Another excellent reply from Dynamic, explaining that although the wattage is the same (200) in the two models (MiniPro and Junior) there are other differences that make the Junior series able to handle bigger and heavier jobs. Also an explanation that the ratings and capacities shown in ads for almost all immersion blenders are based on R&D numbers and are NOT a result of testing in real-world conditions "under load". That is why the $180-range models, including the MiniPro and the Bamix, can only handle up to 4 qts (1 gallon) of soup, sauce, etc, at a time and still perform as expected. In order to get the kind of performance that consumers probably expect from an immersion blender for heavier jobs (such as pureeing a vegetable soup for instance) or for use in a pot larger than 4 qts, the larger/heavier/$400 range models are what's really needed.
The MiniPro blades are interchangeable and thus can be disassembled and thoroughly cleaned (unlike the KA).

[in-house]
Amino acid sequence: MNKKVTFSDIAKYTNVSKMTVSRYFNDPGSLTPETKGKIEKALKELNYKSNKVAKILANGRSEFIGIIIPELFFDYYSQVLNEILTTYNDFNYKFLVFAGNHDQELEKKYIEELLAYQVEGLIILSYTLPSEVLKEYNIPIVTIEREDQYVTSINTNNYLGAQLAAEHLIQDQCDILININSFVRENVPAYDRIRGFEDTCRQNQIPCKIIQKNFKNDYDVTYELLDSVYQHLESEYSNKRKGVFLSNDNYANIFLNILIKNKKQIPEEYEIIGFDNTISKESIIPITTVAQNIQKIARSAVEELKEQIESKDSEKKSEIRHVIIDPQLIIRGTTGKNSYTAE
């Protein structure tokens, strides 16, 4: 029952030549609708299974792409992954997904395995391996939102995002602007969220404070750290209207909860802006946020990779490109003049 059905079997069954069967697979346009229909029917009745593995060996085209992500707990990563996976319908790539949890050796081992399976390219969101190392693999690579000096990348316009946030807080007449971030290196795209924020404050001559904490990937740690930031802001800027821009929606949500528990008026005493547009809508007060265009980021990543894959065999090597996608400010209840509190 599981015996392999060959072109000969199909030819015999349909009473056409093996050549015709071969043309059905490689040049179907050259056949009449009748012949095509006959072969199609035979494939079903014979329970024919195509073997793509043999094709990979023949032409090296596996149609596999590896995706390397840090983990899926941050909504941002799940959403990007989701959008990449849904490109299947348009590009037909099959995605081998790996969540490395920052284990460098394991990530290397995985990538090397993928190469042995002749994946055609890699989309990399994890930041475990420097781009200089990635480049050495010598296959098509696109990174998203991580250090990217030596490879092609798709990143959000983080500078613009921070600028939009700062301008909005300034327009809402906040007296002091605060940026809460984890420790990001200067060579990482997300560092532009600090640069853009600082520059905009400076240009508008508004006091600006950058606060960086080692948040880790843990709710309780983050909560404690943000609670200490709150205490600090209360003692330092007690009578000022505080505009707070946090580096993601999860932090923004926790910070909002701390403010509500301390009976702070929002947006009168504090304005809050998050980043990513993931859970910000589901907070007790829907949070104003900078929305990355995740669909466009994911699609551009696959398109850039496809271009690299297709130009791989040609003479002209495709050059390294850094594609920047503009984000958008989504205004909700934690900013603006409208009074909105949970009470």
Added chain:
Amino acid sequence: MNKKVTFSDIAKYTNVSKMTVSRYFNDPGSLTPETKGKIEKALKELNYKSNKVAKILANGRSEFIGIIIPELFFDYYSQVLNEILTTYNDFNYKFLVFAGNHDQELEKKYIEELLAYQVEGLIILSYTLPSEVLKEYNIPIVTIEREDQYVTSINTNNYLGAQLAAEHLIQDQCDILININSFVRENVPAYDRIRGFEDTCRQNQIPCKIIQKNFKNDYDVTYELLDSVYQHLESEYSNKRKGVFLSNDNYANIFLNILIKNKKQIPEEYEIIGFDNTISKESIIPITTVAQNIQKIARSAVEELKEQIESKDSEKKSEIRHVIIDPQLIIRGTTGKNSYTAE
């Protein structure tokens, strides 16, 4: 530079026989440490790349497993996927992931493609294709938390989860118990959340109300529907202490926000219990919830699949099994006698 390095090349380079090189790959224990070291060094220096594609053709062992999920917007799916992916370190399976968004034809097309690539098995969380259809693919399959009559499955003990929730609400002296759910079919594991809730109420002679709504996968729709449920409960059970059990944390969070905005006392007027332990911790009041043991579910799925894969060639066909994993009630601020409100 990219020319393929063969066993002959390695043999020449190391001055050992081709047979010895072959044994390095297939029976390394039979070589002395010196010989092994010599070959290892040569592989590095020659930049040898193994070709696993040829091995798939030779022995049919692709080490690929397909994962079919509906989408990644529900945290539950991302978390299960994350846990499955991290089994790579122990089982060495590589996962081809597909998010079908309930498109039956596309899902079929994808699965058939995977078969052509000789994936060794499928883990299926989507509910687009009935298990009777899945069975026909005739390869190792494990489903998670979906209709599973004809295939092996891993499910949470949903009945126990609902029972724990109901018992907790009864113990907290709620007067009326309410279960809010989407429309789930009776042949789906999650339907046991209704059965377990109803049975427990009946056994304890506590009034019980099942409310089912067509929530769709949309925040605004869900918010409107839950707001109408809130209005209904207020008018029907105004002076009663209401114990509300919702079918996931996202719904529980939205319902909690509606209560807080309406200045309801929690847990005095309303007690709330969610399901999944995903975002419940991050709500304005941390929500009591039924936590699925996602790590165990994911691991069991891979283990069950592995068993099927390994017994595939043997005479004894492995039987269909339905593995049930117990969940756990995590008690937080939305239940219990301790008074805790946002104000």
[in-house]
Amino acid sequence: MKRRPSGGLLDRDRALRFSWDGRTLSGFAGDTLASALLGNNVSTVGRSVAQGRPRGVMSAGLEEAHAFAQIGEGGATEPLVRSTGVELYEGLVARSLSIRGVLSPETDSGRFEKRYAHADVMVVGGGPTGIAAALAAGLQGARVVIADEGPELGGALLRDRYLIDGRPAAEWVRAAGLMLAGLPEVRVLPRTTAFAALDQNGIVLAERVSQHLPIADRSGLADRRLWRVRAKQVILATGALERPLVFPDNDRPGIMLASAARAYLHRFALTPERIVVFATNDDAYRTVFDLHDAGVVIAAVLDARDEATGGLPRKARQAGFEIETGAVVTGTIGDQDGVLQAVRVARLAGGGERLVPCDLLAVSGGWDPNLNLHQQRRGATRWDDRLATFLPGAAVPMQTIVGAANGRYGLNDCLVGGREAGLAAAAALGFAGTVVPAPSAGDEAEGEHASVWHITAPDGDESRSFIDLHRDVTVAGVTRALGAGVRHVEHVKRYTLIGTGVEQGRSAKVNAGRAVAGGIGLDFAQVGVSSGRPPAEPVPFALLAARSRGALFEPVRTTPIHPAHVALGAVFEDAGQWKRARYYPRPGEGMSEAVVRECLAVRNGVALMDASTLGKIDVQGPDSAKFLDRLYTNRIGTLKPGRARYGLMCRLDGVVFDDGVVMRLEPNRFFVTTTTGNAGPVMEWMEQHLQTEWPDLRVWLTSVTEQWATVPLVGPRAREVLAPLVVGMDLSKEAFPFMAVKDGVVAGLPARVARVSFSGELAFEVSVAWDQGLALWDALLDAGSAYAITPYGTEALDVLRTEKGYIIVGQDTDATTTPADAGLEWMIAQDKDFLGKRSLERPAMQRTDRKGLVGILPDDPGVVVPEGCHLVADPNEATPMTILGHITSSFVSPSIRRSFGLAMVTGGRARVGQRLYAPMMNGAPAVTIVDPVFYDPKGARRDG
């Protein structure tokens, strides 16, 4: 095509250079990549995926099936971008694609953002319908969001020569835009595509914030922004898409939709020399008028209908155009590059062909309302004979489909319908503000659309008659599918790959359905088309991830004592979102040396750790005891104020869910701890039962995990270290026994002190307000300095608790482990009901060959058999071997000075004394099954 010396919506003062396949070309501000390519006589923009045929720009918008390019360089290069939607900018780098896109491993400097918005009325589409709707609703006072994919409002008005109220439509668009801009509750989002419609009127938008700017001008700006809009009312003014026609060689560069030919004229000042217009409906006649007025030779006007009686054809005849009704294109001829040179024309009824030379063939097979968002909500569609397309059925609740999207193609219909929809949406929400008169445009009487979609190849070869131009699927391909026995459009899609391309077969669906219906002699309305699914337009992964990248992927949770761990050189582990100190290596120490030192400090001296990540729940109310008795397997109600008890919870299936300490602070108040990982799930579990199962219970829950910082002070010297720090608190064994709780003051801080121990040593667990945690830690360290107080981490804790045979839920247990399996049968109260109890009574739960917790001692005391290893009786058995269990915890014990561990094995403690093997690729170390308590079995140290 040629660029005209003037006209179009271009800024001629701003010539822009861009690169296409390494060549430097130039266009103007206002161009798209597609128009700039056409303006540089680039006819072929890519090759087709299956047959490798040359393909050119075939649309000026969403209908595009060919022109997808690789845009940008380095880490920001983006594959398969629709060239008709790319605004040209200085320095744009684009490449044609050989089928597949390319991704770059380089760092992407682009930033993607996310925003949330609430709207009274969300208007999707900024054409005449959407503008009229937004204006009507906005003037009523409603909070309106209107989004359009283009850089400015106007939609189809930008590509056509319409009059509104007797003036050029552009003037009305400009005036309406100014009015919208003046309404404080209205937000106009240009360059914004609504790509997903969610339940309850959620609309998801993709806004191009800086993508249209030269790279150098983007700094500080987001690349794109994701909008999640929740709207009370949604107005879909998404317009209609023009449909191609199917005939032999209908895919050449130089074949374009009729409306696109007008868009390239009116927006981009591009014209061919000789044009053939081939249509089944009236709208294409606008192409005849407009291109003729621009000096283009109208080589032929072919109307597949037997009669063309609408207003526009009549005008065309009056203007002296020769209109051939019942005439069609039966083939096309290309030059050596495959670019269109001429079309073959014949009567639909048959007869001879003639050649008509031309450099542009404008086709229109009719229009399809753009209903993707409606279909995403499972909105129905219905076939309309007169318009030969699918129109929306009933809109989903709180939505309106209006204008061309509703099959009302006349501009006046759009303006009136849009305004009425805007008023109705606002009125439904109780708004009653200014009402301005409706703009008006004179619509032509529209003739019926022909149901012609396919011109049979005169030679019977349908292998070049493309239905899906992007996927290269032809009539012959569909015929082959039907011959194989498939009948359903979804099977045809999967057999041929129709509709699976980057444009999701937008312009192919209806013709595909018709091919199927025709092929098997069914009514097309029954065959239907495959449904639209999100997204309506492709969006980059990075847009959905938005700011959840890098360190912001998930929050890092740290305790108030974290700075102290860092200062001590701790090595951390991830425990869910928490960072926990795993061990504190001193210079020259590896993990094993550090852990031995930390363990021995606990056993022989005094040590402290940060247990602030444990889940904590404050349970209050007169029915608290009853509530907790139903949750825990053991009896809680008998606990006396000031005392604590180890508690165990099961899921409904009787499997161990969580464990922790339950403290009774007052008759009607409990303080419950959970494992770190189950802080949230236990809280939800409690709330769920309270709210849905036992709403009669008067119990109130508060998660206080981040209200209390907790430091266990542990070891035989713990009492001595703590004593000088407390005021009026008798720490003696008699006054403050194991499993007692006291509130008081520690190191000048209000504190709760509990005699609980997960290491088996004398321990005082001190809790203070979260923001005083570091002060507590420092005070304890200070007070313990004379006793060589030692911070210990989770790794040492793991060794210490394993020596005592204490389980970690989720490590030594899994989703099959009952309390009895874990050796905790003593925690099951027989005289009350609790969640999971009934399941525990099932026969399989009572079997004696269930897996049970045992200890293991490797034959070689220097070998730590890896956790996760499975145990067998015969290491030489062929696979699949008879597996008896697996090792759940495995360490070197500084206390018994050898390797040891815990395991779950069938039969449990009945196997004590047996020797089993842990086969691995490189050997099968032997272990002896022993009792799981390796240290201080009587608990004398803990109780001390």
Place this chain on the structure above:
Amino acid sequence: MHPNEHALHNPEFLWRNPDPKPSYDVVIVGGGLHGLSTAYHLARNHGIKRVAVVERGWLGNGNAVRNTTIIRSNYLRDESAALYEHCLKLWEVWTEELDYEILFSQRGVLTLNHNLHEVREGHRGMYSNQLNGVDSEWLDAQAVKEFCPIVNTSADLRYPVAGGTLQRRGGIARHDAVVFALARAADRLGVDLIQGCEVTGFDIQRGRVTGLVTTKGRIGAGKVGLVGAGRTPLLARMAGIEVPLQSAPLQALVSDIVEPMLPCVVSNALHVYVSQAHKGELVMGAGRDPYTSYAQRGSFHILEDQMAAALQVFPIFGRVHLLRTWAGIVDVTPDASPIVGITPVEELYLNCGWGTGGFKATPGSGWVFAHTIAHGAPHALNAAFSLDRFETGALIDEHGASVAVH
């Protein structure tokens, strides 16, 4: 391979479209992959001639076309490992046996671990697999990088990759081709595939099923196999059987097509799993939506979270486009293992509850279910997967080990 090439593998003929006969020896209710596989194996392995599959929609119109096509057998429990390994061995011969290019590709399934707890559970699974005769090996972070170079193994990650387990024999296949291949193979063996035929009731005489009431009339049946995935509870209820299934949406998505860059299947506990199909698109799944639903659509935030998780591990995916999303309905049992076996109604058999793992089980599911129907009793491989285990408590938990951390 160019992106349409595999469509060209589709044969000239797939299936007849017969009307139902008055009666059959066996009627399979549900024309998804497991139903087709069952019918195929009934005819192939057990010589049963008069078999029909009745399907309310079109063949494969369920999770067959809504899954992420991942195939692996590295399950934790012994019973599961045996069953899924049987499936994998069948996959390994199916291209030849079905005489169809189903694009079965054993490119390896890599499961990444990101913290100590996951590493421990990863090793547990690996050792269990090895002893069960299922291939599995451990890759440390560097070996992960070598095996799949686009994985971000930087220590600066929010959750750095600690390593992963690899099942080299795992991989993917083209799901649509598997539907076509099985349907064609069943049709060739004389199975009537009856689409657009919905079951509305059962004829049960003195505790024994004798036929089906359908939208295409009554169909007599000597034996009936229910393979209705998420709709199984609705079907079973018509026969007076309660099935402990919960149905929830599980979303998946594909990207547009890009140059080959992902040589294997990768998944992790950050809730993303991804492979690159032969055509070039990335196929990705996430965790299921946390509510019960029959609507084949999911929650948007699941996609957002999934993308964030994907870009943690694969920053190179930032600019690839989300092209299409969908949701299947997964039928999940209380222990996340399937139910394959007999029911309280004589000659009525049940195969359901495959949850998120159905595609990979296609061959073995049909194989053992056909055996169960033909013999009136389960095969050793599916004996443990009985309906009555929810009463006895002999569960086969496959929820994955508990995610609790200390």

The Dynamic choices with removeable shafts are the MiniPro ($180, 2.2 lbs, max capacity 4 4 qts/1 gal real-world) and the Junior Plus (I have found prices ranging from $395 to $495 depending on retailer; 4.5 lbs; blade seems to be removeable according to this blowup
http://www.dynamicmixersusa.com/produ...; real-world capacity will handle 2 gallons/6-8 qt pots).
Big difference in weight and price between the two. I need to seriously weigh the amount of use it will get in my kitchen, vs its performance when I need to use it in more than 4 qts of soup or sauce (which will be its primary function). Tough call. Also the most reputable of Dynamic's retailers do NOT carry the Junior Plus model for some reason. :-/
EDITED TO ADD: More great info from Dynamic re: difference between IBs having detachable vs fixed shafts: "Even though detachable mixers and non-detachable mixers in the same series show equal power, they are not. Detachable mixers have a variable speed dial and are run through a coupler or a piece that connects the motor and shaft. These two things affect power and reduce it by about 20%." (in real world conditions)